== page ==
Further uptown, Essex House vendors mostly reported the same strong season.
Barry Bly, president of Toronto-based Marisa Minicucci, said business has been good for fall II, where the firm usually rounds out fall business by picking up the retailers who missed the fall I presentation.
Key looks, he said, included a mohair sleeveless top with fur trim, a lambskin and shearling skirt and a baby alpaca coat with a funnel collar.
At Sansappelle, a Chicago social occasion resource, traffic and response to the label has been good this season, reported president and owner Ina Sherman.
“People are in the market to buy and they left paper,” she said.
Key looks for the season include a plum wool crepe top-stitched suit, a brown beaded chiffon gown with a train, and a beaded tulle cardigan with a brown four-ply silk dress.
The fall II show was not as positive for Carlo Goetschel, president of Algo, a Zurich-based resource now in its third year.
“I don’t know if this is really worthwhile,” he said. “The traffic has dripped but not flowed. If I touch enough clients in fall I and spring then I will drop fall II, looking at it as I do now. I’ve only seen half the clients I saw last year.”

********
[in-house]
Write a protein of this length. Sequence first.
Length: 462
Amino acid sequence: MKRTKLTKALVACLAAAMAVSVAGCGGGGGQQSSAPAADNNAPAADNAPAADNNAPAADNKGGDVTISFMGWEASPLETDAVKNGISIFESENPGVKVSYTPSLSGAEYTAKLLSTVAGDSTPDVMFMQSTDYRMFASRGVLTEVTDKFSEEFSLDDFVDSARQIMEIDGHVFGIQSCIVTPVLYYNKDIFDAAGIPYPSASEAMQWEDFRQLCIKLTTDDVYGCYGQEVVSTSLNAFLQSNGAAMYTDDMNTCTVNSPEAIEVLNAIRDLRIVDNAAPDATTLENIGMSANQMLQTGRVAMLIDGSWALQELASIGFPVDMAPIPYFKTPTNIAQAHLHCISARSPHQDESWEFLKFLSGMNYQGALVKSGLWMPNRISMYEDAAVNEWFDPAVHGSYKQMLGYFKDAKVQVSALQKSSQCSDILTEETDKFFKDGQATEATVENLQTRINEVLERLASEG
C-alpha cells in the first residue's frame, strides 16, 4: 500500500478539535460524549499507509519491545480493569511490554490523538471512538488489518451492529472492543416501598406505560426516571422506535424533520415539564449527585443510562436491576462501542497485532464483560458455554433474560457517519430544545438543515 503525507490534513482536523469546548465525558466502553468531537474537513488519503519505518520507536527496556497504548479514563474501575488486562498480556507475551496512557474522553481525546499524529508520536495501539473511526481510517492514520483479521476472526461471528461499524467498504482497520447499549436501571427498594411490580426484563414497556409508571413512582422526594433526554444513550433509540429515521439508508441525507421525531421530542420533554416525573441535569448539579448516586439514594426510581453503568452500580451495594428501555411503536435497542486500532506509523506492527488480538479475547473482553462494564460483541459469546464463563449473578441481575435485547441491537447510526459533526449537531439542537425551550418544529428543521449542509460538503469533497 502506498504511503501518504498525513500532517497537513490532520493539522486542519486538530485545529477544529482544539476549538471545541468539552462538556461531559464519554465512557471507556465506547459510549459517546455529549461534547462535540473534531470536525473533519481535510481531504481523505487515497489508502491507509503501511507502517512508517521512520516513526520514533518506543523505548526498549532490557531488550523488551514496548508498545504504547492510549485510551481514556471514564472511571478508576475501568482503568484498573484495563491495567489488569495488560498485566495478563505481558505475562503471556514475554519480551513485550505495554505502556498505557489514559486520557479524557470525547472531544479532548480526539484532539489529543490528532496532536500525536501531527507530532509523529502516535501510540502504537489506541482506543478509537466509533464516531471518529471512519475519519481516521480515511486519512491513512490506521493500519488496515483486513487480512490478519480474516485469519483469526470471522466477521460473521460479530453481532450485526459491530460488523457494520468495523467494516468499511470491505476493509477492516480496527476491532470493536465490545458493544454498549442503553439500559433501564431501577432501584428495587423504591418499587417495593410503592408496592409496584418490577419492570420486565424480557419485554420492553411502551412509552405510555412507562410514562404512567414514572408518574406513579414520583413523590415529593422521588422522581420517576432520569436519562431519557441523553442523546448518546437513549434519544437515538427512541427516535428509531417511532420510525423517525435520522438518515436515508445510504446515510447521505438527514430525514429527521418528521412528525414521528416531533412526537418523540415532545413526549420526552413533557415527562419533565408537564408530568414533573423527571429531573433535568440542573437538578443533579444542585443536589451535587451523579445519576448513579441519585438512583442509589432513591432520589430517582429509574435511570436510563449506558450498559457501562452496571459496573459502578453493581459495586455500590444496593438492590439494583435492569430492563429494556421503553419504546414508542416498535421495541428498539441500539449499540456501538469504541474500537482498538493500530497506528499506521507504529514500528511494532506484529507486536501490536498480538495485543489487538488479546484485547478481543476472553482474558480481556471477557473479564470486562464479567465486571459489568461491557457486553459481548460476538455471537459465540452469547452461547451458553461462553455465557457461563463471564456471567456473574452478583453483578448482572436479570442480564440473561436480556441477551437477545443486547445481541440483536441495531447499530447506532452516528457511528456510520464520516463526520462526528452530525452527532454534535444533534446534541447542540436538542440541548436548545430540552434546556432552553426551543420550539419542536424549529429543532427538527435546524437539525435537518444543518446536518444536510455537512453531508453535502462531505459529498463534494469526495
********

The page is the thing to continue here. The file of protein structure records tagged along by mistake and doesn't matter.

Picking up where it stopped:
Those buyers who did come looked to Algo’s suits, especially in lighter colors, Goetschel said. Some of the top sellers were a light blue and gray double-faced cashmere jacket, leather jackets with fur trims in red and blue, and reversible double-tweed coats.
Despite reports like Goetschel’s that business had been slow, Linda Heister, vice president of Mark Heister, a Chicago-based resource and an organizer of Designers at the Essex House, said the majority of resources had reported a good season.
“Overall, I think people are positive about the results of their stay,” Heister said. “The number of buyers was up and many were in the mood to buy.”
For her label, Heister said, this season was a good one.
“We’ve made a bingo of almost all of the six pieces we’ve brought in for fall II,” she said. “The reaction has been very good.”
She said some of the Chicago-based label’s more important looks were an olive beaded lace T-shirt with a bias-cut skirt, a silk taffeta demi-belted jacket with a silk bias-cut skirt and a melon and chartreuse front-slit bias tunic paired with a side-slit skirt.
In terms of sales, she said the label will be on track with their predictions.